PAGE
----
From my point of view, the more intimate and simple an image, the more universal it is. Simple in terms of the composition and also the quantity of elements present and the relation between the various elements.
I am continuously trying to take things away, to strip the image down to achieve the most simple possible means of communication. The more simple the image, the more universal it is and it can transmit messages to the observer, that through another medium would not be possible, an attractive visual focus that doesn’t necessarily directly document reality, sometimes the appearance and the message differ greatly. What is there, what is seen, plus something more. Pure magic.
- What does photography mean to you?
It is simply a necessity, an instrument that allows me to transmit my perception of the world. To exist, to be in the present and to connect with my inner-self and with the exterior world in a balanced way. The feeling of being present, with awe and wonder for everything that exists, without any distinction. To observe the world in a state that one could define as ‘adolescent’.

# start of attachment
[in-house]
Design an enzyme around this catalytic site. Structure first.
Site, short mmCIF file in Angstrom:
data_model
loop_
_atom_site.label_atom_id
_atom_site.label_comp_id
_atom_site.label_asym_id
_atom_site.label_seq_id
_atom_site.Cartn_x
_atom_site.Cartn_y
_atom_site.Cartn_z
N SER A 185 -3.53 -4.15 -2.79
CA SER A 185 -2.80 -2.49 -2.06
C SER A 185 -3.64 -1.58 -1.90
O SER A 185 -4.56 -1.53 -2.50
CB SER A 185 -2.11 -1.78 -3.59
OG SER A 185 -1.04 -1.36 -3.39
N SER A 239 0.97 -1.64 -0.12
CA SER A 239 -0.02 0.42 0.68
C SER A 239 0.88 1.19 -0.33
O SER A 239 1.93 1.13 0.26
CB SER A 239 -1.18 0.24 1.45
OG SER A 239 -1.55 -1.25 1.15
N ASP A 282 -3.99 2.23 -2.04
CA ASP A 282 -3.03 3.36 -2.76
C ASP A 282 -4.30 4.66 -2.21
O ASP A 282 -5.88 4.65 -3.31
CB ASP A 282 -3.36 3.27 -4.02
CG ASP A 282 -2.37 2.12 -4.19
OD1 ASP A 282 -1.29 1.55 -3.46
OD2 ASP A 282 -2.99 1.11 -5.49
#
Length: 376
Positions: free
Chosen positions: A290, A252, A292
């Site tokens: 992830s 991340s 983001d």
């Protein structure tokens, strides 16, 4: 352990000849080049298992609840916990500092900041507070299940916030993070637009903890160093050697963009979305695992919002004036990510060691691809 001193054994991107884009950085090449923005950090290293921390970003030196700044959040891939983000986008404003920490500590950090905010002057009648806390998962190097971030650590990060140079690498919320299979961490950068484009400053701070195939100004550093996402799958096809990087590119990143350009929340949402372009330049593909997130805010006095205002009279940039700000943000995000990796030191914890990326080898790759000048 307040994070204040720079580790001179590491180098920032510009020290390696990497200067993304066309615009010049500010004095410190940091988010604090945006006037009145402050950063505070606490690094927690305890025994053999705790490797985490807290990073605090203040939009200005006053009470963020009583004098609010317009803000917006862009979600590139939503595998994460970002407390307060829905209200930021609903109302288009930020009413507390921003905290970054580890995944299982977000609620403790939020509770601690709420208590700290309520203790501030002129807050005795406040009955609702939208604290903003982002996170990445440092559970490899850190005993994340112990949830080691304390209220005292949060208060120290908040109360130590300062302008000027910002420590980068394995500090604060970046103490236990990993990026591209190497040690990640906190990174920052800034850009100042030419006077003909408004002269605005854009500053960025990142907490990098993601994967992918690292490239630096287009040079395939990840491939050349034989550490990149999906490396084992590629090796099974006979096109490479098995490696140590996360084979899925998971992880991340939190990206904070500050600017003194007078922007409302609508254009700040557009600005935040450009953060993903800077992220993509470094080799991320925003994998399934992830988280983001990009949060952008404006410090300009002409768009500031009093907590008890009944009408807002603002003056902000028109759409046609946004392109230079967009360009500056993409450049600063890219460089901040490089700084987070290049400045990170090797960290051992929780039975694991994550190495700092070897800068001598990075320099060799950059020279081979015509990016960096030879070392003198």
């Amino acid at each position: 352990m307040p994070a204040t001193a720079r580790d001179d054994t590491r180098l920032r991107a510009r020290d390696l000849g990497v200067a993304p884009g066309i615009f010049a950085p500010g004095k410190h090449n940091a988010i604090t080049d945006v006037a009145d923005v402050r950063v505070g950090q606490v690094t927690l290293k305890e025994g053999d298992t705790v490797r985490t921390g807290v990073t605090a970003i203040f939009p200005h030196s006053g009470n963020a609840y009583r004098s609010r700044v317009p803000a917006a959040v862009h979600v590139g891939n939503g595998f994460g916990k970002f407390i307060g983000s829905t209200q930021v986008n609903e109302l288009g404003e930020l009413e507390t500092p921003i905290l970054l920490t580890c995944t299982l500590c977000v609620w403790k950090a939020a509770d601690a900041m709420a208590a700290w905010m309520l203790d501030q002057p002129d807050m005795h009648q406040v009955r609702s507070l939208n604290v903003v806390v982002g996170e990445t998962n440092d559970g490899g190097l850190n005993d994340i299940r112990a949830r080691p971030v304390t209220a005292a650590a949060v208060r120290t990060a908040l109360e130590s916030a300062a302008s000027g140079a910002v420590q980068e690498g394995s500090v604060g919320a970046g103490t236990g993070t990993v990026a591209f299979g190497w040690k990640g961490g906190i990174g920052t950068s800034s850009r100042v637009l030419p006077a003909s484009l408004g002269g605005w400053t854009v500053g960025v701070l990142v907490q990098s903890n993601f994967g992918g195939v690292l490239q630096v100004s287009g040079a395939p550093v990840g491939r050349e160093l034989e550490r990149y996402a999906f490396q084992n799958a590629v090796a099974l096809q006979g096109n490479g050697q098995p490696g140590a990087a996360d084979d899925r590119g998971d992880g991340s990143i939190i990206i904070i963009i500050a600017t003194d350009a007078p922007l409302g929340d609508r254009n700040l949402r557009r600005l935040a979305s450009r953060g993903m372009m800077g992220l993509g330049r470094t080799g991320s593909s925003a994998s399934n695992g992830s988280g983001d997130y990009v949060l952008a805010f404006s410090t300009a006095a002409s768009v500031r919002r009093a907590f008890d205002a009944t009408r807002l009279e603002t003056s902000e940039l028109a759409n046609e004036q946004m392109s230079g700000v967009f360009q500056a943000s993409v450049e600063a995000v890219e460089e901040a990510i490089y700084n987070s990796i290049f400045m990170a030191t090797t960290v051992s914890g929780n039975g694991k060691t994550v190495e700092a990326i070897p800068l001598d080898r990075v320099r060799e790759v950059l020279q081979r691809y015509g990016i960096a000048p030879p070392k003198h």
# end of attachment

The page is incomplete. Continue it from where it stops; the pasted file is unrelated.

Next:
It is a way to connect with the world in a more perceptive and empathetic way, it allows me to forget even myself, to put myself in the background, to abandon just for a moment my interior and to have my ego under control. A very intimate and personal exploration and, at the same time, a universal tool for communication. This duality is what most intrigues me about photography.
Up until now, photography has been the most concrete way to connect with the world by observing it democratically, trying to abolish a first-world visual discrimination which creates a divide between important things and unimportant things. Everything deserves to be in the world and to be observed, to be photographed. No place is uninteresting.
- Which other photographers, designers, artists or creative people are you loving at the moment?
Photographers that have inspired me lately, especially while creating this project, include Sohrab Hura and his project Snow, Ian Howorth with Arcadia, Laura Pannack, as well as classic photographers like Shore, Eggleston and William Christenberry.
The list could go on, I am fascinated by the work and methods of many photographers, it is hard to chose, I will mention a few that are my inspiration for projects that I am currently working on: Bryan Schutmaat, Alice Quaresma, Felipe Romero Beltrán, Mattew Genitempo, Allan Salas, and Matteo Ruiz González.
© Pictures by Mauro Curti